Earth’s per capita energy use continues to grow, despite technological advances and widespread calls for reduction in energy consumption. The negative environmental consequences are well known: resource depletion, pollution, and global warming. However many remain reluctant to cut energy consumption because of the widespread, although, implicit, belief that a nation’s well being depends on its energy consumption. This article systematically examines the evidential support for the relationship between energy use and subjective well-being at the societal level, by integrating data from multiple sources, collected at multiple levels of government, and spanning four decades. This analysis reveals, surprisingly, that the most common measure of subjective well-being, life satisfaction, is unrelated to energy use -- whether measured at the national, state or county level. The nil relationship between happiness and energy use is reminiscent of the well-known Easterlin Paradox, however the causal mechanisms responsible to each remain in question. We discuss the possible causes for the Happiness-Energy paradox and potential policy implications.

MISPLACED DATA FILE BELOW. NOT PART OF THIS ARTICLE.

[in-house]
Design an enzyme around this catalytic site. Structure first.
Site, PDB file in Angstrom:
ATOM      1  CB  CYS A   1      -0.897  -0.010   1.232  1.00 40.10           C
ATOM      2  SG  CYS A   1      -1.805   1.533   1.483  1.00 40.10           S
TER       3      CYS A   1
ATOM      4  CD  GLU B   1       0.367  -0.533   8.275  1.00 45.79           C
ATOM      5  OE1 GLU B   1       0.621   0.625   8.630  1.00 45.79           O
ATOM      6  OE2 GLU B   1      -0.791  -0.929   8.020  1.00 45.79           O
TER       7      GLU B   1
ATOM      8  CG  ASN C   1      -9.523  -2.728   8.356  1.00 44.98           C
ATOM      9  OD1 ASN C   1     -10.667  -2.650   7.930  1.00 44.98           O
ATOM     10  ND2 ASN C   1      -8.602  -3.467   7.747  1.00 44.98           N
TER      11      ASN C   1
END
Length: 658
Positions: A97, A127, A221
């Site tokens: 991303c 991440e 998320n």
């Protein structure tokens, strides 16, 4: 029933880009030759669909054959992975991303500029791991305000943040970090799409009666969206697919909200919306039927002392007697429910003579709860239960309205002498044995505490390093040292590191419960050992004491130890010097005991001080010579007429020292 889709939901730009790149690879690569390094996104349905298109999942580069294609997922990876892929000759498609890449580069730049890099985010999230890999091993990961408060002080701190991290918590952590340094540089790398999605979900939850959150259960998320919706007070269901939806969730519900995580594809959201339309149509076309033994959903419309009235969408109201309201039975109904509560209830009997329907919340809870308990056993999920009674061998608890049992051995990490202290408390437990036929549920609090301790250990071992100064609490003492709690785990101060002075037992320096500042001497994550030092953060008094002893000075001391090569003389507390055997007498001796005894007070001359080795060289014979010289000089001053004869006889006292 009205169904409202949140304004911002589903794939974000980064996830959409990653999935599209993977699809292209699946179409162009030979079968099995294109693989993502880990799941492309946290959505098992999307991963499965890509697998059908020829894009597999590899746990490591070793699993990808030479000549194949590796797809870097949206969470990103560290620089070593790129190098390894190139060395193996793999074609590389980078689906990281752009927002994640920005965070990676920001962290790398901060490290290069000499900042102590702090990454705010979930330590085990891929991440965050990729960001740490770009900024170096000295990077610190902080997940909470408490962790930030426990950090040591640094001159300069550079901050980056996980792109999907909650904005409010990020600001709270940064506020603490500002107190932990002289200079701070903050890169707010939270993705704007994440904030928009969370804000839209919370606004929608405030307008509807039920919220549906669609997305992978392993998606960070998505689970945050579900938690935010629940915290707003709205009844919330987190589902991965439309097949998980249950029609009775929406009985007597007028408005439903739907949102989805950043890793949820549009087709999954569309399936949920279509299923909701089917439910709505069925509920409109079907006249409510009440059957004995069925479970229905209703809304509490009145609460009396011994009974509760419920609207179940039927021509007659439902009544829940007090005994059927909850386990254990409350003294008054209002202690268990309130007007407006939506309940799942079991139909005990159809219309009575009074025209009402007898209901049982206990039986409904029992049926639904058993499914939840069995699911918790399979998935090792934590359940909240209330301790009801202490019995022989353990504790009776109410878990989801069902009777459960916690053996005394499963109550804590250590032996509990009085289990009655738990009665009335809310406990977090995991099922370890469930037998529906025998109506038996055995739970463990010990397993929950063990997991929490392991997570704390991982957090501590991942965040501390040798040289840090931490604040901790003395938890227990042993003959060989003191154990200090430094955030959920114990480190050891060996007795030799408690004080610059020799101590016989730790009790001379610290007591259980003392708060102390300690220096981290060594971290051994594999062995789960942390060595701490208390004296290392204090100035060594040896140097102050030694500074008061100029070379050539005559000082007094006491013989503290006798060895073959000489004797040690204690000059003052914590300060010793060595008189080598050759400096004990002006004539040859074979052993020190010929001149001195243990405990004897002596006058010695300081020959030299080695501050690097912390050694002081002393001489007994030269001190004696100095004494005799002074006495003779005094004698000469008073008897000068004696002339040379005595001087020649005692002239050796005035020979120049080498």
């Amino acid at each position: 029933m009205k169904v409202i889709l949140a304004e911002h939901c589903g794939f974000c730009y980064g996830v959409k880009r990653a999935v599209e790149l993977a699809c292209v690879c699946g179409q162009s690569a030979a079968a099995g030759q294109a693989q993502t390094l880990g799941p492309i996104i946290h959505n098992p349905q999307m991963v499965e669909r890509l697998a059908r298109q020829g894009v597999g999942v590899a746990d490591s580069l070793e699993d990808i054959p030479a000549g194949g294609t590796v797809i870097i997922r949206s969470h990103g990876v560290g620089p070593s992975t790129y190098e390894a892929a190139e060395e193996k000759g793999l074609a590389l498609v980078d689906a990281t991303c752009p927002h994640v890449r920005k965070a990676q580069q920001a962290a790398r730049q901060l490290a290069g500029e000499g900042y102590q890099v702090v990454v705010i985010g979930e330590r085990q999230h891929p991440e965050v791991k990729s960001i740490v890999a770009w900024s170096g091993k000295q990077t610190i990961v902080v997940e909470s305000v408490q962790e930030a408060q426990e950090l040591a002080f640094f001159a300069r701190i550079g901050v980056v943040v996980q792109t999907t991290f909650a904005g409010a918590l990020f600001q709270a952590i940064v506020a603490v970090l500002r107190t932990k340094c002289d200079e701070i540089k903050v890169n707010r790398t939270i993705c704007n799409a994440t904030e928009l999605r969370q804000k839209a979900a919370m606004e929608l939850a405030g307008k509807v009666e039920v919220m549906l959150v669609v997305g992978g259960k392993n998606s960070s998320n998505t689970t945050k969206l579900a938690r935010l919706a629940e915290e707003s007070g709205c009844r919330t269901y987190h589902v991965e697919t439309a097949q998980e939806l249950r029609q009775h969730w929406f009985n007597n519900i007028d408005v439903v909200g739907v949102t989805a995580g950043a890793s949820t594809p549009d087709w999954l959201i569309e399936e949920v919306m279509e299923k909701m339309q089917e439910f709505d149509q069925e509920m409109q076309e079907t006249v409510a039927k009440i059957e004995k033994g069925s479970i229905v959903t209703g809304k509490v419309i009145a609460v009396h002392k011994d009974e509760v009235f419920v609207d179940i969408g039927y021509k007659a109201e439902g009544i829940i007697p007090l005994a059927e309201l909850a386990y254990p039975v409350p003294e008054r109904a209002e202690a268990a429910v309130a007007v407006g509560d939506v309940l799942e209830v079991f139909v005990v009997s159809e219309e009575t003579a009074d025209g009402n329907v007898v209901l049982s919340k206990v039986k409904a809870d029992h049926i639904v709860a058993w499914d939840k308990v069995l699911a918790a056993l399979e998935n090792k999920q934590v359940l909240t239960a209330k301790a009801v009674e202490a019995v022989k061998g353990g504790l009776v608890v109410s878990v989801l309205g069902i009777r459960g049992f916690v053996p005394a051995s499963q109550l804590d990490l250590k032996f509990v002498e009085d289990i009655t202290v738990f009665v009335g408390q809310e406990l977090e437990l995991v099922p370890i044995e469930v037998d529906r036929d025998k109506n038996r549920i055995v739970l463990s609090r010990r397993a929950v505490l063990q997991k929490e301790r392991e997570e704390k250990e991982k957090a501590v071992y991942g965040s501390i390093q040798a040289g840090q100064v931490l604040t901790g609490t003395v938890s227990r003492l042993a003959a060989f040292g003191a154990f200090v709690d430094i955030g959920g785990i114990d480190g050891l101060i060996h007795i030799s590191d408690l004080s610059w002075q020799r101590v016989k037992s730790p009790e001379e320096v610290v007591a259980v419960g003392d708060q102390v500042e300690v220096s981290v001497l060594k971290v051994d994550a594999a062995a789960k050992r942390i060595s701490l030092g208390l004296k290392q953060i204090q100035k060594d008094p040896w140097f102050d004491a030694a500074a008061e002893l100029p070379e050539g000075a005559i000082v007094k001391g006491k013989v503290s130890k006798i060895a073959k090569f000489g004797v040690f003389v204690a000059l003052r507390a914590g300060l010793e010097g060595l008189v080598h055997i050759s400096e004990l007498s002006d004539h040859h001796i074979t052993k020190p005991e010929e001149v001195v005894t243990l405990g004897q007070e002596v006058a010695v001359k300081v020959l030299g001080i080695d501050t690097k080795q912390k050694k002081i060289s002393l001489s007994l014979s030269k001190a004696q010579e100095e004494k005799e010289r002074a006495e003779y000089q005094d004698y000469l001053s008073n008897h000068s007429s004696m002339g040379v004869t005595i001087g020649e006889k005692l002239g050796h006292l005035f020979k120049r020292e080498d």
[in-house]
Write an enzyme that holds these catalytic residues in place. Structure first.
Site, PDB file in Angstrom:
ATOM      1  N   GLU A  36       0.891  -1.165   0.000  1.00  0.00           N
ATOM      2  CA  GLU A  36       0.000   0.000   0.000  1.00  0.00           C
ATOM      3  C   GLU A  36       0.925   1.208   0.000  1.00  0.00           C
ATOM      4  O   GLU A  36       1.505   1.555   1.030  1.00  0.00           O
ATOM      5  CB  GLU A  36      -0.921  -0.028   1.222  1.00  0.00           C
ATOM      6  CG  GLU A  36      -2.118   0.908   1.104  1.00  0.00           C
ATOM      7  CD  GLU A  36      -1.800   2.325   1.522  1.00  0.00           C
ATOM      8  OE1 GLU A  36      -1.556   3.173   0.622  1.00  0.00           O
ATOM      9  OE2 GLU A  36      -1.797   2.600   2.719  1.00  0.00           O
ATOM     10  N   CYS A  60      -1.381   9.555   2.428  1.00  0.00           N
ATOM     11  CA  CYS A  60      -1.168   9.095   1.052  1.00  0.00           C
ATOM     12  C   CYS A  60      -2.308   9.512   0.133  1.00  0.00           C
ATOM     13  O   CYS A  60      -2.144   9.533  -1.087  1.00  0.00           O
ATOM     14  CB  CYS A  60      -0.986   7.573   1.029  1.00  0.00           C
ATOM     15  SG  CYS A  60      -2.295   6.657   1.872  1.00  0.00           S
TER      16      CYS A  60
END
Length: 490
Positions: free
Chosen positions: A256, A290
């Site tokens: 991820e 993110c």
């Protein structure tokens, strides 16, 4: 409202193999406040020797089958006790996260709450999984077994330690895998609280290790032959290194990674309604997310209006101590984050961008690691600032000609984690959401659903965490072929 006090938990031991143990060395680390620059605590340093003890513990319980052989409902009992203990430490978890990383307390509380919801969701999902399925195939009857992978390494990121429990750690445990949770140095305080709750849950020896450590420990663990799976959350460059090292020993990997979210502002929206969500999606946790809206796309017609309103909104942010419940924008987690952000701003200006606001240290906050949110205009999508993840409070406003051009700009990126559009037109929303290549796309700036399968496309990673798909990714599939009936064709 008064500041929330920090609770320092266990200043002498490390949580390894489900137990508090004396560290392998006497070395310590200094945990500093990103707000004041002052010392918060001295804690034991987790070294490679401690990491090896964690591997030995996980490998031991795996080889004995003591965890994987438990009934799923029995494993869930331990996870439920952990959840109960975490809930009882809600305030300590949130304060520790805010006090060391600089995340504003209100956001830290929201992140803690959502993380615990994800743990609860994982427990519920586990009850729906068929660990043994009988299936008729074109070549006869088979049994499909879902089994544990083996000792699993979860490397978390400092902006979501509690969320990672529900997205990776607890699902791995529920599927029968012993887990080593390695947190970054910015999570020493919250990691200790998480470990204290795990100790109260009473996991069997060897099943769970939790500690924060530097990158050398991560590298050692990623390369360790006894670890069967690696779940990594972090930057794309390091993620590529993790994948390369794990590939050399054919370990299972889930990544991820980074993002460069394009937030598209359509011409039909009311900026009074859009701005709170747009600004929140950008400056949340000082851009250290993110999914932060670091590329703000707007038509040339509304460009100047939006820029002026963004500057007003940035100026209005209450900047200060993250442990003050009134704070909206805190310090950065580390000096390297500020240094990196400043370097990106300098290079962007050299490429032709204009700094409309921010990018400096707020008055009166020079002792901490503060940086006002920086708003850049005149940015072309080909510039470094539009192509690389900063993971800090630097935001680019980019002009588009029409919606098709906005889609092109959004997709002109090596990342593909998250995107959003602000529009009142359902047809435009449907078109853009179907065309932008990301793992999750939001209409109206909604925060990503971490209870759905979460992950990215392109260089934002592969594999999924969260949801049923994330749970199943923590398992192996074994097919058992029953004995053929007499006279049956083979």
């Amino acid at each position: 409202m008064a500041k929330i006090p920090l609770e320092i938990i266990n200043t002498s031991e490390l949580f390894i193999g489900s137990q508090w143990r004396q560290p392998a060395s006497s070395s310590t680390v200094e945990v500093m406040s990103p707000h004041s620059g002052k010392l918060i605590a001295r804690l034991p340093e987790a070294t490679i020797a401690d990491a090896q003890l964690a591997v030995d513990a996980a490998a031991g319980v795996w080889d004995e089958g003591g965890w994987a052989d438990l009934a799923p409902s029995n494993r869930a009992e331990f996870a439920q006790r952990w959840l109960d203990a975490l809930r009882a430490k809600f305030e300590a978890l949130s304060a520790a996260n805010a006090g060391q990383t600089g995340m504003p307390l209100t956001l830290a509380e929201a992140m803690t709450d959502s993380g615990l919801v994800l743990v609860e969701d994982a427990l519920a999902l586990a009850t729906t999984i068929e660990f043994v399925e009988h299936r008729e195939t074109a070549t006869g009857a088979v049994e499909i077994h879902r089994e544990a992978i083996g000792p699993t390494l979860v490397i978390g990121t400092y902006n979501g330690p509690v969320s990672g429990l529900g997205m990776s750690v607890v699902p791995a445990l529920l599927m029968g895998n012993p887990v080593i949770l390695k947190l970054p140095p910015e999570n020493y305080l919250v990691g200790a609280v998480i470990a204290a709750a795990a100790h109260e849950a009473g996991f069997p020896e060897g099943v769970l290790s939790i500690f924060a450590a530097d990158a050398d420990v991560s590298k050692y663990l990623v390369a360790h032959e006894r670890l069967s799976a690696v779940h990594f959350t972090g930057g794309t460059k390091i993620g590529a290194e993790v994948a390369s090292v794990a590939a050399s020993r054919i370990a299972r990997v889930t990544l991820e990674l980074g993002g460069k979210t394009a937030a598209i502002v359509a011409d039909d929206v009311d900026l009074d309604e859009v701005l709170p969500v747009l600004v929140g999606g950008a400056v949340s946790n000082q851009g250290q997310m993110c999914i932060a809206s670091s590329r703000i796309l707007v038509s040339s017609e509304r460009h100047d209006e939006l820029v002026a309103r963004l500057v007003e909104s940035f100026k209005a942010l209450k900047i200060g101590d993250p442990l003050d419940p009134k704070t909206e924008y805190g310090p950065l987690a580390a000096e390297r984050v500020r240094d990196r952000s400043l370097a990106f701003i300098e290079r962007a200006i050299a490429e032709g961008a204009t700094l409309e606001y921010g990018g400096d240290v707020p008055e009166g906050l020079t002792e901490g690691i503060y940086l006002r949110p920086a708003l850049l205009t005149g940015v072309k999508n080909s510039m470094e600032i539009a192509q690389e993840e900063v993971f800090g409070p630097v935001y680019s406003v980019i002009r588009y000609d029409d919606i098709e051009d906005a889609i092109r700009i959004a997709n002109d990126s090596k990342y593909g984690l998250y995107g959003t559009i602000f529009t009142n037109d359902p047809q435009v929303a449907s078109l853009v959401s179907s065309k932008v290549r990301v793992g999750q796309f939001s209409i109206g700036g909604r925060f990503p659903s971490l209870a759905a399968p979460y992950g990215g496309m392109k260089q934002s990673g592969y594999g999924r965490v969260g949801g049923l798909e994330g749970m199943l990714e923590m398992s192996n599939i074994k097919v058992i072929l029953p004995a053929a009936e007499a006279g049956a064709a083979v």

All Science Journal Classification (ASJC) codes
- Life-span and Life-course Studies
- Energy consumption
- Energy intensity of economy
- Energy use
- Life satisfaction
- Subjective well-being (SWB)